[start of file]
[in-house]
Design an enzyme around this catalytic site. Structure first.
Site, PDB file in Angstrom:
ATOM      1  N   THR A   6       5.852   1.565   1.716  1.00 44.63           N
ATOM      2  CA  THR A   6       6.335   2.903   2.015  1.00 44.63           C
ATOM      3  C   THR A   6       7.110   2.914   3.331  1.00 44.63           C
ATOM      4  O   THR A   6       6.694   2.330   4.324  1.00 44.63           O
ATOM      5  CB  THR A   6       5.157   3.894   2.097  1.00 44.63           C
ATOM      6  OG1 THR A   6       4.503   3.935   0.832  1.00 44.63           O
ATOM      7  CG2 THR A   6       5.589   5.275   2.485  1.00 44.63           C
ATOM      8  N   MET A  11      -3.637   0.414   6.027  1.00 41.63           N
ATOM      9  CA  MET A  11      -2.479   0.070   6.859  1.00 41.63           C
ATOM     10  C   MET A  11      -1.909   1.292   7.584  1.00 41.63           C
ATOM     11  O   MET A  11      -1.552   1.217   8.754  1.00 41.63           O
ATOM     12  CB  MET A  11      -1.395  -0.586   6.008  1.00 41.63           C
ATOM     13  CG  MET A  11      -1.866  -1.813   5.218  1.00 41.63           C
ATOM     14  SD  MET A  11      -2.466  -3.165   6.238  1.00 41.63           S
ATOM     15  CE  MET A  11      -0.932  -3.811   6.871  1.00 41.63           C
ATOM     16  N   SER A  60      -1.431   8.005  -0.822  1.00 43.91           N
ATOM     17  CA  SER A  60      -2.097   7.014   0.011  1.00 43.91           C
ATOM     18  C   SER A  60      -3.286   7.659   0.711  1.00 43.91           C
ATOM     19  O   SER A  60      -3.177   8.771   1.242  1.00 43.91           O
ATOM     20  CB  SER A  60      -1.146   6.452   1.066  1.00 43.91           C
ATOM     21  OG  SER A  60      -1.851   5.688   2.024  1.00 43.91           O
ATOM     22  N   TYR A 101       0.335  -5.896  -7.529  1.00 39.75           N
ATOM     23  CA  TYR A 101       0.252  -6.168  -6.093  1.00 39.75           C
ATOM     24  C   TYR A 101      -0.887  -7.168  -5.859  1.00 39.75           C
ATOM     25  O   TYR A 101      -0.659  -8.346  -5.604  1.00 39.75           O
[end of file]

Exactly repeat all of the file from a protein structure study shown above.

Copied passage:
[in-house]
Design an enzyme around this catalytic site. Structure first.
Site, PDB file in Angstrom:
ATOM      1  N   THR A   6       5.852   1.565   1.716  1.00 44.63           N
ATOM      2  CA  THR A   6       6.335   2.903   2.015  1.00 44.63           C
ATOM      3  C   THR A   6       7.110   2.914   3.331  1.00 44.63           C
ATOM      4  O   THR A   6       6.694   2.330   4.324  1.00 44.63           O
ATOM      5  CB  THR A   6       5.157   3.894   2.097  1.00 44.63           C
ATOM      6  OG1 THR A   6       4.503   3.935   0.832  1.00 44.63           O
ATOM      7  CG2 THR A   6       5.589   5.275   2.485  1.00 44.63           C
ATOM      8  N   MET A  11      -3.637   0.414   6.027  1.00 41.63           N
ATOM      9  CA  MET A  11      -2.479   0.070   6.859  1.00 41.63           C
ATOM     10  C   MET A  11      -1.909   1.292   7.584  1.00 41.63           C
ATOM     11  O   MET A  11      -1.552   1.217   8.754  1.00 41.63           O
ATOM     12  CB  MET A  11      -1.395  -0.586   6.008  1.00 41.63           C
ATOM     13  CG  MET A  11      -1.866  -1.813   5.218  1.00 41.63           C
ATOM     14  SD  MET A  11      -2.466  -3.165   6.238  1.00 41.63           S
ATOM     15  CE  MET A  11      -0.932  -3.811   6.871  1.00 41.63           C
ATOM     16  N   SER A  60      -1.431   8.005  -0.822  1.00 43.91           N
ATOM     17  CA  SER A  60      -2.097   7.014   0.011  1.00 43.91           C
ATOM     18  C   SER A  60      -3.286   7.659   0.711  1.00 43.91           C
ATOM     19  O   SER A  60      -3.177   8.771   1.242  1.00 43.91           O
ATOM     20  CB  SER A  60      -1.146   6.452   1.066  1.00 43.91           C
ATOM     21  OG  SER A  60      -1.851   5.688   2.024  1.00 43.91           O
ATOM     22  N   TYR A 101       0.335  -5.896  -7.529  1.00 39.75           N
ATOM     23  CA  TYR A 101       0.252  -6.168  -6.093  1.00 39.75           C
ATOM     24  C   TYR A 101      -0.887  -7.168  -5.859  1.00 39.75           C
ATOM     25  O   TYR A 101      -0.659  -8.346  -5.604  1.00 39.75           O